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How Was The Beginning Of African American Concert Dancing?

African American dancers faced problems with stereotyping when they entered the art of concert dance.

Tap, soft-shoe and jazz routines were considered acceptable for African American dancers. The image of Black dancers was that of natural rhythm.

The Harlem Renaissance inspired Black artists in every field, including dance. Among the early pioneers in concert dance were Hemsley Winfield, Edna Guy and Charles Williams.

The Negro Art Theatre in Harlem, organized by Hemsley Winfield, gave its first concert on April 29, 1931. The group was later renamed the Negro Art Theatre Dance Group.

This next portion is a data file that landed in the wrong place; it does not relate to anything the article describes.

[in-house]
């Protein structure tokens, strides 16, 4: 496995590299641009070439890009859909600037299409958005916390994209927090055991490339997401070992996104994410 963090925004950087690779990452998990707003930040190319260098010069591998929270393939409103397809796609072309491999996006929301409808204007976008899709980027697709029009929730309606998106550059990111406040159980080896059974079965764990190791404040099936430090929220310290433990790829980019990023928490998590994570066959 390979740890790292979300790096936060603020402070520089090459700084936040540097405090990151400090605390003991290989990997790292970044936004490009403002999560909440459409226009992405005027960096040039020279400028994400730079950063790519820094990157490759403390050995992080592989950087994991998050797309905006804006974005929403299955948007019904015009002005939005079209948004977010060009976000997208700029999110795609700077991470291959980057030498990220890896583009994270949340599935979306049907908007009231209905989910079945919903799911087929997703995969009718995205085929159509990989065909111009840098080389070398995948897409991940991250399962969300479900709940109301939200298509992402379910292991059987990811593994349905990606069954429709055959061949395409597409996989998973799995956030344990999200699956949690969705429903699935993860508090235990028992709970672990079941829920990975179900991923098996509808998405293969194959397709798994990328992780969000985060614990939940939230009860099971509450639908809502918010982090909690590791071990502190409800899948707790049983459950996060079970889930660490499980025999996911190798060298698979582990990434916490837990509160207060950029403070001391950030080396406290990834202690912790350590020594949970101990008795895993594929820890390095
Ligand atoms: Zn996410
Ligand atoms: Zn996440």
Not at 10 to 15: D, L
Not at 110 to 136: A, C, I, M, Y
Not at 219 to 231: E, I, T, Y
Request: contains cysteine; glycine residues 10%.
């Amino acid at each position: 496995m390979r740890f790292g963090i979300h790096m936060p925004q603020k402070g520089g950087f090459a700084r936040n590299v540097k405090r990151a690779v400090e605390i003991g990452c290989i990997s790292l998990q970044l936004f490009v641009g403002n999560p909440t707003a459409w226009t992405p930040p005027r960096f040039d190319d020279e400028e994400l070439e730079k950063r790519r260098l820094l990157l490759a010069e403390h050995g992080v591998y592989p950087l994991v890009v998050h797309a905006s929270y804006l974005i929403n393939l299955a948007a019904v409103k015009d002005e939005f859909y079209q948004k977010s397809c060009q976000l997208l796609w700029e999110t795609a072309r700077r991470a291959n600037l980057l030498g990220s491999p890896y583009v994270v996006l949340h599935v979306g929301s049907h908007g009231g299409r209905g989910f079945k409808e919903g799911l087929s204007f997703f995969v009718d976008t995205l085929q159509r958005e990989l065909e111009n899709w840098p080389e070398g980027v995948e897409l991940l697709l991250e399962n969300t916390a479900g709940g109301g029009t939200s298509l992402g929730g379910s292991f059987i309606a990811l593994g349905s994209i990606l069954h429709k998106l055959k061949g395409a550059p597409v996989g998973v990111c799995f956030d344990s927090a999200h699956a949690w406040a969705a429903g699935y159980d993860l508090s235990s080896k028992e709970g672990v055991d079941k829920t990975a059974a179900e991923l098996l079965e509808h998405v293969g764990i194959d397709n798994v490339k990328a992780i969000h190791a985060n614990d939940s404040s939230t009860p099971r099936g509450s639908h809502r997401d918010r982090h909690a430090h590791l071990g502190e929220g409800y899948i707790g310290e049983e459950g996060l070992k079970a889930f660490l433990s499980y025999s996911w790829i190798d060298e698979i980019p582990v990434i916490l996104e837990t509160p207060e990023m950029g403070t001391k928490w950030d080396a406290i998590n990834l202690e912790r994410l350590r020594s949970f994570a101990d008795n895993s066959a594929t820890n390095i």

In 1925 Charles H. Williams formed the Creative Dance Group at Hampton Institute in Hampton, Virginia. Williams was director of the physical education department.

The Negro Dance Company founded by Wilson Williams in New York City was another pioneer group in concert dance. It gave its first performance in 1943.

How Was The Beginning Of African American Concert Dancing?

Eugene von Grona, a German, founded the First American Negro Ballet Company. He ran an advertisement in a Harlem newspaper in 1934. The advertisement resulted in one hundred and fifty responses. von Grona narrowed the group to twenty-two. The company made its debut on November 21, 1937.

Reviews of Black concert dance performances were mixed. White audiences were uncomfortable with Blacks dancing in any form other than tap or jazz.

Just as early artists had a difficult time getting their works exhibited, African American concert dancers struggled for recognition.